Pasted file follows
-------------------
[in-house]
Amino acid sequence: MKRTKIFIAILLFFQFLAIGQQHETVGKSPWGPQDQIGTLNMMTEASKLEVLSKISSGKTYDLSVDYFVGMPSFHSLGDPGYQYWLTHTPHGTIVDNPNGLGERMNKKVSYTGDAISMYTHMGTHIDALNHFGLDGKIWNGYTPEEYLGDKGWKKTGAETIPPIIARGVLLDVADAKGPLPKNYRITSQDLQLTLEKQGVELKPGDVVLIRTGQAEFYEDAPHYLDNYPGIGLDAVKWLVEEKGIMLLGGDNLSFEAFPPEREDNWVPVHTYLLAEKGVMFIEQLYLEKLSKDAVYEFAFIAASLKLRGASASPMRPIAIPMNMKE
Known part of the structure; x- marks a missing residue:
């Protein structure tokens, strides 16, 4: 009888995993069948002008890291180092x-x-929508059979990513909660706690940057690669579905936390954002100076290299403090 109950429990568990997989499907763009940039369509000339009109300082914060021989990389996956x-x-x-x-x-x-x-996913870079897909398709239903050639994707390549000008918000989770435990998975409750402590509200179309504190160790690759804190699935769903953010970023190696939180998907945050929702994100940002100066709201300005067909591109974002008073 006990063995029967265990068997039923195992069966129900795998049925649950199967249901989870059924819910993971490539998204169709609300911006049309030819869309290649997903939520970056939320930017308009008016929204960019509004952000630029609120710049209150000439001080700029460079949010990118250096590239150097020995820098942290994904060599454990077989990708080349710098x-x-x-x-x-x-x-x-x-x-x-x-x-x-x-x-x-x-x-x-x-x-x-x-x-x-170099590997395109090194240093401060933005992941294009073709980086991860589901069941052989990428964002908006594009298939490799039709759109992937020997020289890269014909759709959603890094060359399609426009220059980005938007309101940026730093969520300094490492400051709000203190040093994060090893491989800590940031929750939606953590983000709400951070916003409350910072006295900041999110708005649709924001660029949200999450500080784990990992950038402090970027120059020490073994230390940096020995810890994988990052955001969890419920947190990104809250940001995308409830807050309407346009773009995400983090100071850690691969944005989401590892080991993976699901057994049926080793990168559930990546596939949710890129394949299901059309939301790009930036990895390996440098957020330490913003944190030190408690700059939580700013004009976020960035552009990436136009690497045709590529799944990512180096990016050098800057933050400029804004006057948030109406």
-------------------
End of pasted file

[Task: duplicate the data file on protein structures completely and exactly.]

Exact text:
[in-house]
Amino acid sequence: MKRTKIFIAILLFFQFLAIGQQHETVGKSPWGPQDQIGTLNMMTEASKLEVLSKISSGKTYDLSVDYFVGMPSFHSLGDPGYQYWLTHTPHGTIVDNPNGLGERMNKKVSYTGDAISMYTHMGTHIDALNHFGLDGKIWNGYTPEEYLGDKGWKKTGAETIPPIIARGVLLDVADAKGPLPKNYRITSQDLQLTLEKQGVELKPGDVVLIRTGQAEFYEDAPHYLDNYPGIGLDAVKWLVEEKGIMLLGGDNLSFEAFPPEREDNWVPVHTYLLAEKGVMFIEQLYLEKLSKDAVYEFAFIAASLKLRGASASPMRPIAIPMNMKE
Known part of the structure; x- marks a missing residue:
């Protein structure tokens, strides 16, 4: 009888995993069948002008890291180092x-x-929508059979990513909660706690940057690669579905936390954002100076290299403090 109950429990568990997989499907763009940039369509000339009109300082914060021989990389996956x-x-x-x-x-x-x-996913870079897909398709239903050639994707390549000008918000989770435990998975409750402590509200179309504190160790690759804190699935769903953010970023190696939180998907945050929702994100940002100066709201300005067909591109974002008073 006990063995029967265990068997039923195992069966129900795998049925649950199967249901989870059924819910993971490539998204169709609300911006049309030819869309290649997903939520970056939320930017308009008016929204960019509004952000630029609120710049209150000439001080700029460079949010990118250096590239150097020995820098942290994904060599454990077989990708080349710098x-x-x-x-x-x-x-x-x-x-x-x-x-x-x-x-x-x-x-x-x-x-x-x-x-x-170099590997395109090194240093401060933005992941294009073709980086991860589901069941052989990428964002908006594009298939490799039709759109992937020997020289890269014909759709959603890094060359399609426009220059980005938007309101940026730093969520300094490492400051709000203190040093994060090893491989800590940031929750939606953590983000709400951070916003409350910072006295900041999110708005649709924001660029949200999450500080784990990992950038402090970027120059020490073994230390940096020995810890994988990052955001969890419920947190990104809250940001995308409830807050309407346009773009995400983090100071850690691969944005989401590892080991993976699901057994049926080793990168559930990546596939949710890129394949299901059309939301790009930036990895390996440098957020330490913003944190030190408690700059939580700013004009976020960035552009990436136009690497045709590529799944990512180096990016050098800057933050400029804004006057948030109406």